Artist: Roman Signer
Venue: Kunstmuseum St. Gallen
Date: June 7 – July 26, 2014
Full gallery of images, press release and link available after the jump.
Images courtesy of Kunstmuseum St. Gallen. Photos by Stefan Rohner.
His “small and large happenings” as he calls them, have brought him international fame. Roman Signer, born in 1938 in Appenzell, Switzerland, has become one of the most important sculptors in the world. The starting point for his unique creative process is a concept of sculpture that is disengaged from the object, making processes visible. Everyday things form the basis of his work. The objects he uses, such as tables, chairs or kayaks have a distinct character of their own. However, Roman Signer does not use them for their typical functions; instead, he transforms them in a way that exposes the multiple potential layers of meaning in their presence as physical objects. Familiar things become strange; functional things appear absurd. Both the exhilarating and the abysmal qualities of everyday life become visible.
Roman Signer has accrued an impressive list of exhibitions both in Switzerland and internationally. After presenting his first retrospective in 1993 and numerous contributions to group exhibitions, the Kunstmuseum St.Gallen is once again presenting a comprehensive showcase of Signer’s work. The centrepiece of the exhibition is his installation work created since 2011. It will be exciting to see how the artist deals with the traditional museum spaces when he returns to them after twenty years. He knows these spaces like the back of his hand – in the early 1980s, when the museum was closed, he had the opportunity to set up a studio there.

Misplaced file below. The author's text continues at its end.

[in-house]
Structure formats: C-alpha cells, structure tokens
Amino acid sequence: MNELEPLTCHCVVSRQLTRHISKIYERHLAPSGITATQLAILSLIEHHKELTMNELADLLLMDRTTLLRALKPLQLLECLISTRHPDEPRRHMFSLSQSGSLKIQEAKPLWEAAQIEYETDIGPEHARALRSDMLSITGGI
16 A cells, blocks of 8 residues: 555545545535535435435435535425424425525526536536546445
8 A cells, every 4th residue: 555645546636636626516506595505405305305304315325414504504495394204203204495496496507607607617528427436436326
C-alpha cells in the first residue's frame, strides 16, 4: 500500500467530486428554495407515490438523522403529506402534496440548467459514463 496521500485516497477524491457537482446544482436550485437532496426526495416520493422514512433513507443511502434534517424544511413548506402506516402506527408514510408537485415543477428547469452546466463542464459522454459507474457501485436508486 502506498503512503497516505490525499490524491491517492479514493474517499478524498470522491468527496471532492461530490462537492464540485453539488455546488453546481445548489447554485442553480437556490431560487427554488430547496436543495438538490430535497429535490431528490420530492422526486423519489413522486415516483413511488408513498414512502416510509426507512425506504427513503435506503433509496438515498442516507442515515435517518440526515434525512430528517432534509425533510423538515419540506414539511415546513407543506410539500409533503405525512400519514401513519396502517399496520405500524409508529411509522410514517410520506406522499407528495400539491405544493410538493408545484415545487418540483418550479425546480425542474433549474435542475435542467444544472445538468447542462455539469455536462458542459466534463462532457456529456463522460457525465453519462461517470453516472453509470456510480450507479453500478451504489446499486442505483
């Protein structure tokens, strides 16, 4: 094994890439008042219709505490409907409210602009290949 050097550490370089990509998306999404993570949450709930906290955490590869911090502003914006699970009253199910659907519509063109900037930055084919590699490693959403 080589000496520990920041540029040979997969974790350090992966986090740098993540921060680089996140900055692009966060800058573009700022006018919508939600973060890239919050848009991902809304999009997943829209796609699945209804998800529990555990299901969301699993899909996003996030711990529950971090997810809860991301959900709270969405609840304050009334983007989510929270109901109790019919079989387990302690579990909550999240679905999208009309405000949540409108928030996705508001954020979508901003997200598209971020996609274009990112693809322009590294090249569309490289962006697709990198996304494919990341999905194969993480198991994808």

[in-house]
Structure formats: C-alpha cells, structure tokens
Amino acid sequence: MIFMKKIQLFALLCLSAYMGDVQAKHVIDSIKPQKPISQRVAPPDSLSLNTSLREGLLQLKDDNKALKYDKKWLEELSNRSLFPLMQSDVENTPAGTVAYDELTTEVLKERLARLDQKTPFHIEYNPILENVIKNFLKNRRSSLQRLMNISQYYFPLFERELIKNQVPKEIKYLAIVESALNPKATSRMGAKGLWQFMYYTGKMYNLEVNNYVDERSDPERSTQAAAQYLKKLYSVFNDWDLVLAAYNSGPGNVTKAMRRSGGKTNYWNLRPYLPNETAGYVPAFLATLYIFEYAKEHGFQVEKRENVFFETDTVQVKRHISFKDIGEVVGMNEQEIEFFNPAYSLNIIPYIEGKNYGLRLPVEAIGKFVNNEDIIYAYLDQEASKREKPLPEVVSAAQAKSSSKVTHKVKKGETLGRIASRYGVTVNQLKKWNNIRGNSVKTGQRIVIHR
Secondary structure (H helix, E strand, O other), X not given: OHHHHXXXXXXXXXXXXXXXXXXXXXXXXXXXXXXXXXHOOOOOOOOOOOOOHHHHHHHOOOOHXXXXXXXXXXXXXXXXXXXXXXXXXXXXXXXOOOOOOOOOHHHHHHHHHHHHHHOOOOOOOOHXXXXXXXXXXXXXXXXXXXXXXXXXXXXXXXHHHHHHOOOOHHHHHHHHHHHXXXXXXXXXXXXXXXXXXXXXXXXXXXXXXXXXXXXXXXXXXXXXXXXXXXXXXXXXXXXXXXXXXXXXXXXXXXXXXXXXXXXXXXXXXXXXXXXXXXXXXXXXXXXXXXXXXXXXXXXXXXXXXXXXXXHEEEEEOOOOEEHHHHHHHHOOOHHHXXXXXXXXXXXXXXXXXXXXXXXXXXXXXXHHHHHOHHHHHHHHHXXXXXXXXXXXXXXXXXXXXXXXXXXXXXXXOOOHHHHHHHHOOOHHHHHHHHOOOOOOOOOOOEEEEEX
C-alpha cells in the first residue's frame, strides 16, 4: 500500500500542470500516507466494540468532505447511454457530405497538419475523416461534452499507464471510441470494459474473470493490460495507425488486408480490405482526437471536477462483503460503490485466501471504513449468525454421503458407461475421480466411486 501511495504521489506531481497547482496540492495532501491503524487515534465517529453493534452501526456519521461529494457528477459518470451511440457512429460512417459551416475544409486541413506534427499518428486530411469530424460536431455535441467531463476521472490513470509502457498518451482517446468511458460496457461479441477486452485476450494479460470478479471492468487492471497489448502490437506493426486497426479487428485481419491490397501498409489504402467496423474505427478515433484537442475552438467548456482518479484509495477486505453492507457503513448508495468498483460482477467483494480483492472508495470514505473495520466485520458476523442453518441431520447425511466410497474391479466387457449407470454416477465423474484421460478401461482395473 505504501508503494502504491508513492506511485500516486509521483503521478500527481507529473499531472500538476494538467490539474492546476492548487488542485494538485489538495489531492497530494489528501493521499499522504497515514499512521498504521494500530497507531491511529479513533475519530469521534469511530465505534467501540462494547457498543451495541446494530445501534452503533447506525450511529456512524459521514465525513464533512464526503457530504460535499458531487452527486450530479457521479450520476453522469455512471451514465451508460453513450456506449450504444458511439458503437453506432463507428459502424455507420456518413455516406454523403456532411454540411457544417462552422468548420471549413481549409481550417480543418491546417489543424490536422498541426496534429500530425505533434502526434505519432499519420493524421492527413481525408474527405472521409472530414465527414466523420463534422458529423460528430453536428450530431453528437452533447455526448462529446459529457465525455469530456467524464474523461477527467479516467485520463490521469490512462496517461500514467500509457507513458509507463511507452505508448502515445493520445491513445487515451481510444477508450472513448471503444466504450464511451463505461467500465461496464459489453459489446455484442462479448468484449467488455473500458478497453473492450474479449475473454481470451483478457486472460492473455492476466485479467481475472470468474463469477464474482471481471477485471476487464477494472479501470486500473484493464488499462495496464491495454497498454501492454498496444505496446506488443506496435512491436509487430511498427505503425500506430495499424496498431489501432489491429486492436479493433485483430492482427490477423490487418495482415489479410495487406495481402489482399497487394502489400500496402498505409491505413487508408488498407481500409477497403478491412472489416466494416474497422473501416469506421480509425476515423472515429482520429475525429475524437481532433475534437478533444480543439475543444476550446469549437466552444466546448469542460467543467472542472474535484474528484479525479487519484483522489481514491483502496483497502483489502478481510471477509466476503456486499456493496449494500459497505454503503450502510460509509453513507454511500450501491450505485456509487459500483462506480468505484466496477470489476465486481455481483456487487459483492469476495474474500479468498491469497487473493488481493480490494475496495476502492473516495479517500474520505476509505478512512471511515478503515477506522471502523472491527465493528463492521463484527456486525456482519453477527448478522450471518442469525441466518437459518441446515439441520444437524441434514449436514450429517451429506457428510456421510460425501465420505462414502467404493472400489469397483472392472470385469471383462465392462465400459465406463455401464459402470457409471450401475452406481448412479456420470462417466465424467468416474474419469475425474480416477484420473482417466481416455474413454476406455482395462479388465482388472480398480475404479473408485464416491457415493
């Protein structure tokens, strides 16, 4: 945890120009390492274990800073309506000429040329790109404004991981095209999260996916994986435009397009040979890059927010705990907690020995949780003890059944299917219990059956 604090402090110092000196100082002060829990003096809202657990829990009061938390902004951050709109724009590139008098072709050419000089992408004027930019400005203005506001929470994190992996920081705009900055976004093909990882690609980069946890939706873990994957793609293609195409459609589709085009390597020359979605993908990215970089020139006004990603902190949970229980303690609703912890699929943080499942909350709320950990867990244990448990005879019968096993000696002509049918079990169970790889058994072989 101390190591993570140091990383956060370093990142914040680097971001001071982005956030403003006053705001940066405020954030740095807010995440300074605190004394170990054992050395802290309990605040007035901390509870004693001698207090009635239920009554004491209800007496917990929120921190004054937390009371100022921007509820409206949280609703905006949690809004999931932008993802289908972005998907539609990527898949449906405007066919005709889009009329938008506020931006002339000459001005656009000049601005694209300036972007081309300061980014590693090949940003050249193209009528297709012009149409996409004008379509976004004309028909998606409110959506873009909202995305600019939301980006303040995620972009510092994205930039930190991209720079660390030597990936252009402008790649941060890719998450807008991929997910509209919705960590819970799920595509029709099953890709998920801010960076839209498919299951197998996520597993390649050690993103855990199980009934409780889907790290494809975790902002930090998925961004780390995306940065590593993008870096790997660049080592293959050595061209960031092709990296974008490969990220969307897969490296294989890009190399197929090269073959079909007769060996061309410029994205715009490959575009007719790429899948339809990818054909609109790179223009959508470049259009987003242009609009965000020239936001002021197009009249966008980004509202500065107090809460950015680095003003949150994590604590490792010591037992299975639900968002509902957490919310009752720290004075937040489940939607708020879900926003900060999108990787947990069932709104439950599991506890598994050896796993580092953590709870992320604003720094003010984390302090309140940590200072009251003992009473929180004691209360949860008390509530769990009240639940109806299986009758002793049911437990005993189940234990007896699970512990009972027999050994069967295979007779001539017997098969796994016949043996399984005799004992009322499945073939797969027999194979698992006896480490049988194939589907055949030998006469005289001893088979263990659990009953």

Roman Signer’s creative process has become even more complex. The roles that things played in earlier works have now taken surprising new interpretive directions. There is a stronger sense of cross-referencing with reality, if one wishes to look for it. The content-based element of his work is significant to Roman Signer’s lucid contemporaneity, even in pieces that can clearly be read as existential ciphers. The exhibition combines sculptures, installations and video works into one concise flow and moves between large-scale single pieces and interrelated groups of works.